The social value of developing the four newest major commercial buildings in the centre of Birmingham has been revealed by BAM, the contractor that has built them all.
BAM is coming towards the end of its programme at 103 Colmore Row for Sterling Property Ventures, having also completed Three Snowhill for developer Ballymore, and numbers One and Two Chamberlain Square, for Argent.
The four buildings are separated by a half-mile walk along the business district of Colmore Row.
By the time BAM gives the keys to Sterling Property Ventures for 103 Colmore Row, the schemes will collectively have generated some 40,000 weeks of work for locally employed people, having admitted almost 9,000 people through the biometrically controlled turnstiles already.
That has meant around £60m of orders for central Birmingham companies alone, that have been engaged as sub-contractors and suppliers – a number that grows if the wider Midlands economy is taken into account.
Dave Ellis, BAM’s Midlands regional director, said: “The role construction plays in feeding the economy through employment, training, and local .
“The green credentials of these developments, all being BREEAM Excellent, make them enviable locations for modern employers.
“This demonstrates the role construction has supporting our partners in Government bodies. It helps them to deliver their social and environmental commitments to keep our country Building Back Better. For example, at 103 Colmore Row, the heating and hot water will be supplied by the District Energy Scheme, removing the need for on-site fossil fuel burning boilers.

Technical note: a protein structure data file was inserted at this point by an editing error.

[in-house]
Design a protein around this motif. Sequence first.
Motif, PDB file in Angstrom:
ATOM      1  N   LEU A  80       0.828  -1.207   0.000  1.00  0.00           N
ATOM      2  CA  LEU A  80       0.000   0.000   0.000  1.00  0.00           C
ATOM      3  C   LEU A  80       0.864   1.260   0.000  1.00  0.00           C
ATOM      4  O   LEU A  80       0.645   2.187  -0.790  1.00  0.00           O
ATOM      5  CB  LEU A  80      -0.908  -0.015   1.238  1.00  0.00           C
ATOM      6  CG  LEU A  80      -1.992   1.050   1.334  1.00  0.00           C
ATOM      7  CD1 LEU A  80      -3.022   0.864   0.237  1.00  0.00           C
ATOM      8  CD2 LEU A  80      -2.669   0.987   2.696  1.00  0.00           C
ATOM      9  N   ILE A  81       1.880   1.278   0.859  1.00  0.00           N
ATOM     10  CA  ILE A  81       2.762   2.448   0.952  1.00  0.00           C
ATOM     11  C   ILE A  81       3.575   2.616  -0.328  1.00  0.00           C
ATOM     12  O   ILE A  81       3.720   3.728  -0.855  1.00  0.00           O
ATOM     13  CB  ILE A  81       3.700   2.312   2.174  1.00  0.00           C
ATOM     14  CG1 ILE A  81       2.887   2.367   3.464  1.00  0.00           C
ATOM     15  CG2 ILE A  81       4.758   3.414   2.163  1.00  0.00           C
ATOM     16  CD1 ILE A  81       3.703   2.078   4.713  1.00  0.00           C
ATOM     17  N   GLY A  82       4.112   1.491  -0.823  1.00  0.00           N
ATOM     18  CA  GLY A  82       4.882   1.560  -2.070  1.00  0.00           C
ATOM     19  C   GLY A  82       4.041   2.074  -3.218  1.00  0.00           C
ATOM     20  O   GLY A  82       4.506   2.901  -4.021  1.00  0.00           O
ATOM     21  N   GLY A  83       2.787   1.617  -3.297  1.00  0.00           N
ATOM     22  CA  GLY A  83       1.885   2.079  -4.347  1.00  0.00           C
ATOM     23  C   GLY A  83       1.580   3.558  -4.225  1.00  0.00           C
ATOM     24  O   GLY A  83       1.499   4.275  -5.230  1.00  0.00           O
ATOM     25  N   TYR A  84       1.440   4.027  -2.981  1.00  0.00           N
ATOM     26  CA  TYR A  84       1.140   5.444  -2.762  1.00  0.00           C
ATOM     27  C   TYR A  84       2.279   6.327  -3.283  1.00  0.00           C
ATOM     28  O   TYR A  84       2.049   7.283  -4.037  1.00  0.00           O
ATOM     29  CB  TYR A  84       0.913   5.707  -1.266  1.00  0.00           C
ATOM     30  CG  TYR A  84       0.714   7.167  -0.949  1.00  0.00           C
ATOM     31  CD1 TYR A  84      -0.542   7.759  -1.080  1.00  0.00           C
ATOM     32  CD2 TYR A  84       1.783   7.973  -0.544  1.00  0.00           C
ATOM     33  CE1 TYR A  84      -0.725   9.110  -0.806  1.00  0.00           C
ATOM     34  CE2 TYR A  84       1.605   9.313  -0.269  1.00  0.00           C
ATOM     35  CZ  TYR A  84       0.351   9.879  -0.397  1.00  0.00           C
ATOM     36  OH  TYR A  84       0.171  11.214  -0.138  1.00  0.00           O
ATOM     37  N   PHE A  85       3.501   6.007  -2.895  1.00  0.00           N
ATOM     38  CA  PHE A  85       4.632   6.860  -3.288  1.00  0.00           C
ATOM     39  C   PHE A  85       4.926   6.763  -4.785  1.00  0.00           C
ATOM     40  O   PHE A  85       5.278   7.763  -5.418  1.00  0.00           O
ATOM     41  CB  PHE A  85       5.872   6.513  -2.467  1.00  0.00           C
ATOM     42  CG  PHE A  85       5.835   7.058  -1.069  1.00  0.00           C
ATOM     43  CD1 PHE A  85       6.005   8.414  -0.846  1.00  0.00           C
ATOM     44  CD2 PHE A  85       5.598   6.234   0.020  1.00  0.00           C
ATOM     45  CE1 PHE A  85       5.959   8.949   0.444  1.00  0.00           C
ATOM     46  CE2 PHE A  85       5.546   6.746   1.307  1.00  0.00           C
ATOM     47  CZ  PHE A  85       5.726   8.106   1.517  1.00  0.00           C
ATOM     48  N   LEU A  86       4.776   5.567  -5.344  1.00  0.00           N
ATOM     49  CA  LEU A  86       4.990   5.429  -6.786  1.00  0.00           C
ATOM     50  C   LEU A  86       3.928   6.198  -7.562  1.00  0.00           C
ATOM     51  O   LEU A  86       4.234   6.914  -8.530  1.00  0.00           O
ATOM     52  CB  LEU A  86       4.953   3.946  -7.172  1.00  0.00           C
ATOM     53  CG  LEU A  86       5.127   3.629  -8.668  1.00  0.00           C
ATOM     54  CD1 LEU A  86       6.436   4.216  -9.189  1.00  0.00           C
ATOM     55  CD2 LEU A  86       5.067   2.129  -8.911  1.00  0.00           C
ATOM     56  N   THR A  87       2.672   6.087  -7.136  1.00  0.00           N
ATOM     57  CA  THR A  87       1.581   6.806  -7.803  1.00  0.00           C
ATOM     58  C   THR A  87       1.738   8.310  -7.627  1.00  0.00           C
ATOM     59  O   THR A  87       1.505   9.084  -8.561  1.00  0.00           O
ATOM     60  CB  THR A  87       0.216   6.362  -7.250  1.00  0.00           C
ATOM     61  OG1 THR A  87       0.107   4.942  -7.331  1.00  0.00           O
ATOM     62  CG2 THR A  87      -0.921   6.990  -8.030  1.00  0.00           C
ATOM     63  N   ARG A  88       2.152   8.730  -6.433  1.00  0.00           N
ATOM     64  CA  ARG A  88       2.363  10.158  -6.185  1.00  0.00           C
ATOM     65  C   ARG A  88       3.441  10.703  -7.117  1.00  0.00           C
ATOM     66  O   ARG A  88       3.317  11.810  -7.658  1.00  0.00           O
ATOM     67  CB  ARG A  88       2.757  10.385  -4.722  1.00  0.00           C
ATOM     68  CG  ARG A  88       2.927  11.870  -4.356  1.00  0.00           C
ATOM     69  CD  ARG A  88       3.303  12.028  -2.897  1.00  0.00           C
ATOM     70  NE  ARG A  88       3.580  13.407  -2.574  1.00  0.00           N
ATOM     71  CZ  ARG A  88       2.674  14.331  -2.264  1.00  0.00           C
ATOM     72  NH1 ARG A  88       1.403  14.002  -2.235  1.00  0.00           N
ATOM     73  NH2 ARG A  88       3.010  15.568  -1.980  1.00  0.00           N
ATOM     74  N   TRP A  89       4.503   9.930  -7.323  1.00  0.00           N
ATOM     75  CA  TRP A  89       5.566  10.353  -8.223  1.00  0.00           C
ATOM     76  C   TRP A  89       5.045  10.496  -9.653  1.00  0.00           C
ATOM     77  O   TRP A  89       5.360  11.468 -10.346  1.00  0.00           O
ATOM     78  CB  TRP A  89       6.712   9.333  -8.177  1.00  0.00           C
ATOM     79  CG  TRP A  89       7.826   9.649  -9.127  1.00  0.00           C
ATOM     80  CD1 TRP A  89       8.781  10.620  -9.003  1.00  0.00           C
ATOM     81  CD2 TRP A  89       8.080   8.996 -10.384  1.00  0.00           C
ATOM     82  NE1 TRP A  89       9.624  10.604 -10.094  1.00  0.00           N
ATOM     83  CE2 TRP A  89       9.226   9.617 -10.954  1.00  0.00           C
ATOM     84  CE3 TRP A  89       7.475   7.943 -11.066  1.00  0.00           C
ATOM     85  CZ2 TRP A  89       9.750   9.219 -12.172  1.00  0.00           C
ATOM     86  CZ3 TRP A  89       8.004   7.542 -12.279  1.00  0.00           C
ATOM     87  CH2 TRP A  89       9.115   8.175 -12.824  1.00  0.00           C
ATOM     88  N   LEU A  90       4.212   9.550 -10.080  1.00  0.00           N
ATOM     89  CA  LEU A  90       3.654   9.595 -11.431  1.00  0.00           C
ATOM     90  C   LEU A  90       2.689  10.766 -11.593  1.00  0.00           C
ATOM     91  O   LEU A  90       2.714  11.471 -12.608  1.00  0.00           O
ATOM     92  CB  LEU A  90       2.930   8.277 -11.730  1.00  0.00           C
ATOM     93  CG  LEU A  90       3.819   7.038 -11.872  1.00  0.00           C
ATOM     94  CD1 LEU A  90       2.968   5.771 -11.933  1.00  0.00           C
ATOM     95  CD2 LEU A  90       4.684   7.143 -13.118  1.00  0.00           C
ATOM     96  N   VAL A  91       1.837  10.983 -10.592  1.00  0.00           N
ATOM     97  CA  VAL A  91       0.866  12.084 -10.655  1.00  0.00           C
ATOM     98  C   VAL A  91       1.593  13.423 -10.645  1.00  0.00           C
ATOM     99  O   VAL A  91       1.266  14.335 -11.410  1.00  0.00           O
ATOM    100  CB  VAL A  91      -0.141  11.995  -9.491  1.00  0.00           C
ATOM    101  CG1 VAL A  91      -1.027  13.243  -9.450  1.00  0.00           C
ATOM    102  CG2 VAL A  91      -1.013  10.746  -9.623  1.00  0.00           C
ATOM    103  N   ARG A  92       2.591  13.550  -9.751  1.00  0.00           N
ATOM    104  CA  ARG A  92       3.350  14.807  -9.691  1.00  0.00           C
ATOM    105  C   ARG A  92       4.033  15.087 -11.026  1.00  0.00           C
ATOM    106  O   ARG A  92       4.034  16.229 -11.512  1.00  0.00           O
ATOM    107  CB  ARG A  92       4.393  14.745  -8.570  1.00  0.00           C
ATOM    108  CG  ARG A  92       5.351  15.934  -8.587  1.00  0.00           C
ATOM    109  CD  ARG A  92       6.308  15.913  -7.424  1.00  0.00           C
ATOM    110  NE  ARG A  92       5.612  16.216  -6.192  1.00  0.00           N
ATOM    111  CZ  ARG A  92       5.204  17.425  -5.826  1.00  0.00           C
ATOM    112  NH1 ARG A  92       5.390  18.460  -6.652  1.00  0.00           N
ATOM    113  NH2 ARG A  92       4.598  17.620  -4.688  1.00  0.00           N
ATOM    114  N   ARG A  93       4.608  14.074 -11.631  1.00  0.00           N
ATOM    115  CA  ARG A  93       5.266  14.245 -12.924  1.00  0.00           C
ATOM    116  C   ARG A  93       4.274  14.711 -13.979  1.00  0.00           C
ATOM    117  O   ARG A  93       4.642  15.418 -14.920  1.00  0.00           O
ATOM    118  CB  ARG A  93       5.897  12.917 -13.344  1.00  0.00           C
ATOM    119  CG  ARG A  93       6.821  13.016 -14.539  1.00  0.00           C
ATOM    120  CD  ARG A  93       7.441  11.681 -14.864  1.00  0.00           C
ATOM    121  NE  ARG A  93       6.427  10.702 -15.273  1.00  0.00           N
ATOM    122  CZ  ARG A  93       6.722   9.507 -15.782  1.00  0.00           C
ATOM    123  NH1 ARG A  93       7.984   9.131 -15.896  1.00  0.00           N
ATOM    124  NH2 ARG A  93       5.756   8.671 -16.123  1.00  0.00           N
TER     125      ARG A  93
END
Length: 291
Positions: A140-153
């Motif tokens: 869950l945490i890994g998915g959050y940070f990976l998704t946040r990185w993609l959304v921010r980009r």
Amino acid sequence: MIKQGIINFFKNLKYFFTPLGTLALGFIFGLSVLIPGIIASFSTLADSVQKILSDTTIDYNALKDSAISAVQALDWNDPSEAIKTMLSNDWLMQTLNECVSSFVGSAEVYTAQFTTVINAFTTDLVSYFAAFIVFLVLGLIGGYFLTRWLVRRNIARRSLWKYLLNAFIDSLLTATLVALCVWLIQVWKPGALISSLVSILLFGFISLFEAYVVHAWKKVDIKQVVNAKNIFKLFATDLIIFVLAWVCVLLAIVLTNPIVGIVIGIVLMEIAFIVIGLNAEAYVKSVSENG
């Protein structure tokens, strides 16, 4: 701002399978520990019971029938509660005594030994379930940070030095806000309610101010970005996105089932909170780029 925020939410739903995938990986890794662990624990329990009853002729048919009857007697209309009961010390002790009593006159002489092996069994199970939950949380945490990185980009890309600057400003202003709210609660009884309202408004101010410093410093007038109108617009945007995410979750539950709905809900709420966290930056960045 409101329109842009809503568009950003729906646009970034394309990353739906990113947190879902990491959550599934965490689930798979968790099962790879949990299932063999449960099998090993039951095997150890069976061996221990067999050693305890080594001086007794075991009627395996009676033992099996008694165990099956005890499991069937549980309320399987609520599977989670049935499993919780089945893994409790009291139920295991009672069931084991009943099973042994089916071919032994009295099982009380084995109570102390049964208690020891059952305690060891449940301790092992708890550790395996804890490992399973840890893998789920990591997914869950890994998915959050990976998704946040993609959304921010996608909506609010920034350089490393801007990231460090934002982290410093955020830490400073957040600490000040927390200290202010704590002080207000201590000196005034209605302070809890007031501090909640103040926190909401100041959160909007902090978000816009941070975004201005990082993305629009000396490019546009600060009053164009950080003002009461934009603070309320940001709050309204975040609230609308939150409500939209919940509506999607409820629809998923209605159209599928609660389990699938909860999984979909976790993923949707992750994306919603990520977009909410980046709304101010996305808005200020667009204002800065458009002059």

“What I’m very proud of too, is that our people, and our supply chain, have delivered almost £50,000 of community and charitable benefits alongside at the same time as adding these four impressive structures to the central Birmingham landscape.”
More than 190 apprentices have been engaged on the four new office buildings alone – providing two and a half thousand weeks of training time.
Ellis added: “It is widely known that for every pound spent on construction, some three pounds of further economic activity is generated. A simple example would be the number of small sandwich shops that have supplied our lunches.
“If one took that multiplier, these four office schemes are worth one billion pounds of value to the Birmingham economy, even throughout this terrible pandemic. It’s quite an achievement.”
Occupiers for the offices already include some of Britain’s best-known corporate names – PwC, BT, KPMG, Barclays, Mazars, HS2, DLA Piper, Knights Plc, BDO and Gowlings – with more to come.
“Great buildings draw great occupiers,” Ellis added.
BAM itself occupies self-designed and built premises in Solihull, next to which it created the headquarters for IM Properties.
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